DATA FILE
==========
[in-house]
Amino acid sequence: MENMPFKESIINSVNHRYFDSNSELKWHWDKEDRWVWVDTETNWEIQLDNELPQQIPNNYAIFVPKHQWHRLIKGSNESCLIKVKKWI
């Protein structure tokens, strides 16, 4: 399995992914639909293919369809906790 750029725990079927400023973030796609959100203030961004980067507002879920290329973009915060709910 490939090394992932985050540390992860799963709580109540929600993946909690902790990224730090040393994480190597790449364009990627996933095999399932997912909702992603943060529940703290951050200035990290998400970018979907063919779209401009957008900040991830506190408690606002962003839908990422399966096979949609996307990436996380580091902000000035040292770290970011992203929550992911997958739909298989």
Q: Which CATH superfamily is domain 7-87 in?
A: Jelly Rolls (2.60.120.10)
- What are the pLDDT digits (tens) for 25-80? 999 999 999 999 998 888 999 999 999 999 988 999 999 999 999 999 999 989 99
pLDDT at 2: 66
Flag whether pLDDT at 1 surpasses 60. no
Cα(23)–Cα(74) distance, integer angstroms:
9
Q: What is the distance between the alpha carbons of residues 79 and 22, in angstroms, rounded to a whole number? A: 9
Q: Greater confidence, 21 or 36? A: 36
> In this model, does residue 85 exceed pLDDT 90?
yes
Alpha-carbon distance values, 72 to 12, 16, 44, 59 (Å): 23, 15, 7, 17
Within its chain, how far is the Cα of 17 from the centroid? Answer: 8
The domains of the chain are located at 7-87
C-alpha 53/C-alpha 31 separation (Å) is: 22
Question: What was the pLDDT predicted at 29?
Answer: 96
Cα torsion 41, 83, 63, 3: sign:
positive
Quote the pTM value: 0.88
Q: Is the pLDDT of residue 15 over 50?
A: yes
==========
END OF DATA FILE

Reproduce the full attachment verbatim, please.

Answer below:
[in-house]
Amino acid sequence: MENMPFKESIINSVNHRYFDSNSELKWHWDKEDRWVWVDTETNWEIQLDNELPQQIPNNYAIFVPKHQWHRLIKGSNESCLIKVKKWI
């Protein structure tokens, strides 16, 4: 399995992914639909293919369809906790 750029725990079927400023973030796609959100203030961004980067507002879920290329973009915060709910 490939090394992932985050540390992860799963709580109540929600993946909690902790990224730090040393994480190597790449364009990627996933095999399932997912909702992603943060529940703290951050200035990290998400970018979907063919779209401009957008900040991830506190408690606002962003839908990422399966096979949609996307990436996380580091902000000035040292770290970011992203929550992911997958739909298989």
Q: Which CATH superfamily is domain 7-87 in?
A: Jelly Rolls (2.60.120.10)
- What are the pLDDT digits (tens) for 25-80? 999 999 999 999 998 888 999 999 999 999 988 999 999 999 999 999 999 989 99
pLDDT at 2: 66
Flag whether pLDDT at 1 surpasses 60. no
Cα(23)–Cα(74) distance, integer angstroms:
9
Q: What is the distance between the alpha carbons of residues 79 and 22, in angstroms, rounded to a whole number? A: 9
Q: Greater confidence, 21 or 36? A: 36
> In this model, does residue 85 exceed pLDDT 90?
yes
Alpha-carbon distance values, 72 to 12, 16, 44, 59 (Å): 23, 15, 7, 17
Within its chain, how far is the Cα of 17 from the centroid? Answer: 8
The domains of the chain are located at 7-87
C-alpha 53/C-alpha 31 separation (Å) is: 22
Question: What was the pLDDT predicted at 29?
Answer: 96
Cα torsion 41, 83, 63, 3: sign:
positive
Quote the pTM value: 0.88
Q: Is the pLDDT of residue 15 over 50?
A: yes